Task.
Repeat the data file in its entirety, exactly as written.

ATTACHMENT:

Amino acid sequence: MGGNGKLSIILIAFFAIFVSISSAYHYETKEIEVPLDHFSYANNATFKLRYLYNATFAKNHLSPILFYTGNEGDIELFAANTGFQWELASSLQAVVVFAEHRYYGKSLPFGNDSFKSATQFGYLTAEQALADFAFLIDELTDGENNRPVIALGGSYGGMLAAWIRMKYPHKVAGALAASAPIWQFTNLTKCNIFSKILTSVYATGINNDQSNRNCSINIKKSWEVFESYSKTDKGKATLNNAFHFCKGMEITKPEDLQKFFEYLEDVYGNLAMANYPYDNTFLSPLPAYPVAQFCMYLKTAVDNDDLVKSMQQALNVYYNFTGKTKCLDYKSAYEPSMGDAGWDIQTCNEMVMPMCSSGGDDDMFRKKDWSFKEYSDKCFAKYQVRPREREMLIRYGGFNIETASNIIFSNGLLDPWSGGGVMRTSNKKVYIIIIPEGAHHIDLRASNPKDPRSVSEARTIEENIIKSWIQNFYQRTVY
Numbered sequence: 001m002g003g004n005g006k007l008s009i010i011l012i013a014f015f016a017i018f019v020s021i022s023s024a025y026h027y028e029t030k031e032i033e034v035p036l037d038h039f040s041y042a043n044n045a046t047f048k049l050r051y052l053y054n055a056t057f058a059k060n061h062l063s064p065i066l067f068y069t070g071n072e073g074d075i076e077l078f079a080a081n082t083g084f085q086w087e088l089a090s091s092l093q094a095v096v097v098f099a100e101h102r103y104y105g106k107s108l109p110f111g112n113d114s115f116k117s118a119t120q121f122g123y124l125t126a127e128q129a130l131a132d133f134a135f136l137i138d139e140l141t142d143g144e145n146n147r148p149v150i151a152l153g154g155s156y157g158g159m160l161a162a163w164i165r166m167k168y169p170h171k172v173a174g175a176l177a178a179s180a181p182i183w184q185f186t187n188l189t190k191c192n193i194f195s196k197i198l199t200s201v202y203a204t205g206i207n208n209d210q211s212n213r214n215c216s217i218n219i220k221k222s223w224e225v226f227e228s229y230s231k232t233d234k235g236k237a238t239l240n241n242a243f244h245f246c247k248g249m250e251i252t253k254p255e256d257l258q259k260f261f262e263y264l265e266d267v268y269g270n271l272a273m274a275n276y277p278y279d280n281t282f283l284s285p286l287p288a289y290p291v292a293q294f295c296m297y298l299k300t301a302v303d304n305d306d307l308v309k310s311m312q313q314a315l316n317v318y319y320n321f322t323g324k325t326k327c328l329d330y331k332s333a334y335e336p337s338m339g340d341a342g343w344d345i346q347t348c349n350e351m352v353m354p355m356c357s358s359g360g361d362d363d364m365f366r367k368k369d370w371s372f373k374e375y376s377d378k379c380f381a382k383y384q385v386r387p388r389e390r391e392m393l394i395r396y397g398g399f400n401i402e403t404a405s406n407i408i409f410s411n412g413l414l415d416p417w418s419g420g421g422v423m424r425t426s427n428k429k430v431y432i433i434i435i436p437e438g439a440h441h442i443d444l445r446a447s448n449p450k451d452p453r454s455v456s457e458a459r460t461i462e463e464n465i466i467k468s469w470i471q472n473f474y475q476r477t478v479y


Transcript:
Amino acid sequence: MGGNGKLSIILIAFFAIFVSISSAYHYETKEIEVPLDHFSYANNATFKLRYLYNATFAKNHLSPILFYTGNEGDIELFAANTGFQWELASSLQAVVVFAEHRYYGKSLPFGNDSFKSATQFGYLTAEQALADFAFLIDELTDGENNRPVIALGGSYGGMLAAWIRMKYPHKVAGALAASAPIWQFTNLTKCNIFSKILTSVYATGINNDQSNRNCSINIKKSWEVFESYSKTDKGKATLNNAFHFCKGMEITKPEDLQKFFEYLEDVYGNLAMANYPYDNTFLSPLPAYPVAQFCMYLKTAVDNDDLVKSMQQALNVYYNFTGKTKCLDYKSAYEPSMGDAGWDIQTCNEMVMPMCSSGGDDDMFRKKDWSFKEYSDKCFAKYQVRPREREMLIRYGGFNIETASNIIFSNGLLDPWSGGGVMRTSNKKVYIIIIPEGAHHIDLRASNPKDPRSVSEARTIEENIIKSWIQNFYQRTVY
Numbered sequence: 001m002g003g004n005g006k007l008s009i010i011l012i013a014f015f016a017i018f019v020s021i022s023s024a025y026h027y028e029t030k031e032i033e034v035p036l037d038h039f040s041y042a043n044n045a046t047f048k049l050r051y052l053y054n055a056t057f058a059k060n061h062l063s064p065i066l067f068y069t070g071n072e073g074d075i076e077l078f079a080a081n082t083g084f085q086w087e088l089a090s091s092l093q094a095v096v097v098f099a100e101h102r103y104y105g106k107s108l109p110f111g112n113d114s115f116k117s118a119t120q121f122g123y124l125t126a127e128q129a130l131a132d133f134a135f136l137i138d139e140l141t142d143g144e145n146n147r148p149v150i151a152l153g154g155s156y157g158g159m160l161a162a163w164i165r166m167k168y169p170h171k172v173a174g175a176l177a178a179s180a181p182i183w184q185f186t187n188l189t190k191c192n193i194f195s196k197i198l199t200s201v202y203a204t205g206i207n208n209d210q211s212n213r214n215c216s217i218n219i220k221k222s223w224e225v226f227e228s229y230s231k232t233d234k235g236k237a238t239l240n241n242a243f244h245f246c247k248g249m250e251i252t253k254p255e256d257l258q259k260f261f262e263y264l265e266d267v268y269g270n271l272a273m274a275n276y277p278y279d280n281t282f283l284s285p286l287p288a289y290p291v292a293q294f295c296m297y298l299k300t301a302v303d304n305d306d307l308v309k310s311m312q313q314a315l316n317v318y319y320n321f322t323g324k325t326k327c328l329d330y331k332s333a334y335e336p337s338m339g340d341a342g343w344d345i346q347t348c349n350e351m352v353m354p355m356c357s358s359g360g361d362d363d364m365f366r367k368k369d370w371s372f373k374e375y376s377d378k379c380f381a382k383y384q385v386r387p388r389e390r391e392m393l394i395r396y397g398g399f400n401i402e403t404a405s406n407i408i409f410s411n412g413l414l415d416p417w418s419g420g421g422v423m424r425t426s427n428k429k430v431y432i433i434i435i436p437e438g439a440h441h442i443d444l445r446a447s448n449p450k451d452p453r454s455v456s457e458a459r460t461i462e463e464n465i466i467k468s469w470i471q472n473f474y475q476r477t478v479y